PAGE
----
Most cars get scrapped once they are 14 years old, but the truth is that most road-worthy vehicles last no more than eight years. Looking to keep your vehicle road-worthy for longer? You could purchase some accessories such as rubber carmats and steering wheel protectors. Read on for more tips that will help you make your car last as long as possible!
1. Ensure the battery is well-maintained
If you haven’t driven for a while, your car’s battery will inevitably degrade over time and go flat. If you aren’t a frequent driver, consider purchasing a trickle charger. This keeps the battery charged even if the car is not being used. You can also consider investing in a battery conditioner if the battery seems to be unable to charge fully.
Having to jump-start your car as a result of a flat battery puts extra strain on it, risking damage to your engine and other intricate electronics within the car.
Of course, the easiest way to avoid all these is simply to use your car on a weekly basis especially in cold winters.
2. Ensure that the filters are regularly replaced
Both the oil and air filter of your car will get clogged over time, and you should take care to ensure that they are regularly replaced. Though replacement of the filters is usually part of regular car servicing, both are easy enough to do on your own and save some money while you’re at it.
Washing the filter can also prolong its life. If you are unsure if your particular filter is washable or not, it is wise to consult your owners’ manual. When replacing them, also take care to use authentic parts as cheaper fakes may cause irreparable damage to your engine.
3. Drive smoothly
It is ideal to drive with “mechanical sympathy”, which also means driving smoother without abrupt braking or stopping. By doing so, you reduce the wear and tear to your car’s parts, which can also make your car more fuel-efficient. As far as possible, always brake smoothly and tread gently when using the accelerator or brakes.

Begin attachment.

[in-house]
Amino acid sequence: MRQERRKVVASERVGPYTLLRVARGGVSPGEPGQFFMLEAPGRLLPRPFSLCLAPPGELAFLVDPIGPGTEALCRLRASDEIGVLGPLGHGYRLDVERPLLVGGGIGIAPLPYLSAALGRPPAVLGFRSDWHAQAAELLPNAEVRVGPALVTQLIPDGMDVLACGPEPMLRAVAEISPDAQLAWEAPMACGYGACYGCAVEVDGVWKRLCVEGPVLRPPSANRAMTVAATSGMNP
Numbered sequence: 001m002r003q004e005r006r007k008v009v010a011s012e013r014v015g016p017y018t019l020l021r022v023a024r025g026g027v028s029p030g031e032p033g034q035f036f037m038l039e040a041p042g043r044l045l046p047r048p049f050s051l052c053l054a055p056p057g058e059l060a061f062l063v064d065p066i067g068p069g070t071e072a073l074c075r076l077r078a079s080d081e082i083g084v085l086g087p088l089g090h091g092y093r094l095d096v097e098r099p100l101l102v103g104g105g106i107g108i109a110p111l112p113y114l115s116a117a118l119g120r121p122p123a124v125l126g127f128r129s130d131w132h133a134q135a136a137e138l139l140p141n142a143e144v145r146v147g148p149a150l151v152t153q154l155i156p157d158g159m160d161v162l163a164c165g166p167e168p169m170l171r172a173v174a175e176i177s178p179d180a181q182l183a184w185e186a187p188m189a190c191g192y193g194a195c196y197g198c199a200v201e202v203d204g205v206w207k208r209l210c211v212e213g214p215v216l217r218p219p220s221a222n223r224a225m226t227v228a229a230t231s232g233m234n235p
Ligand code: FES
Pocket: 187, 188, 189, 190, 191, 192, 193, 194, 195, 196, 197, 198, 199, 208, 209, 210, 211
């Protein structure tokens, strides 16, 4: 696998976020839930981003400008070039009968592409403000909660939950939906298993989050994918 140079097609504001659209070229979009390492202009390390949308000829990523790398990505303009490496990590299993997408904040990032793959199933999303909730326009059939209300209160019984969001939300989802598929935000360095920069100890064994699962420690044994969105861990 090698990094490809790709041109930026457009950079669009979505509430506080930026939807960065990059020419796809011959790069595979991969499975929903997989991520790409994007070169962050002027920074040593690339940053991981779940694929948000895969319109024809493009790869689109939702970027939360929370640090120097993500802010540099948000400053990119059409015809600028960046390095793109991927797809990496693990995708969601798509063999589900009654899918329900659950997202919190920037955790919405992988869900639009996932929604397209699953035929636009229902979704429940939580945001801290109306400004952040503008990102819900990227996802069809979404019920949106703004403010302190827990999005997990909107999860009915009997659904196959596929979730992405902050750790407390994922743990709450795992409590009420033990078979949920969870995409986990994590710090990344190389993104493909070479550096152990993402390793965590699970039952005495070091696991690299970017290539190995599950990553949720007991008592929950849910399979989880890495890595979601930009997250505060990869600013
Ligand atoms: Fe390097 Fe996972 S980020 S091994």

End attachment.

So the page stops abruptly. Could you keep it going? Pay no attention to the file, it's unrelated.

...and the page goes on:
4. Turn the air-conditioning on
As with most technological devices, the air-conditioning is likely to break down if it is unused for long periods of time. In this case, the refrigerant gas will leak out, leaving you with large bills to pay to re-gas your system. To ensure this doesn’t happen, regularly switch on your air-conditioning, and also let the heat blow in the winter. Though it might cost you some fuel, the savings in re-gassing fees is worth it.
1. Replace your leads and plugs
With technological advancements meaning that many cars nowadays contain complicated software and computers onboard, it has led to drivers being hesitant to service their cars. However, it is quite simple to replace your spark plugs and high-tension leads, and you should do so to ensure optimal engine performance. Before doing so, be sure to refer to the owners’ manual that came with your car, to ensure that you know what you’re doing.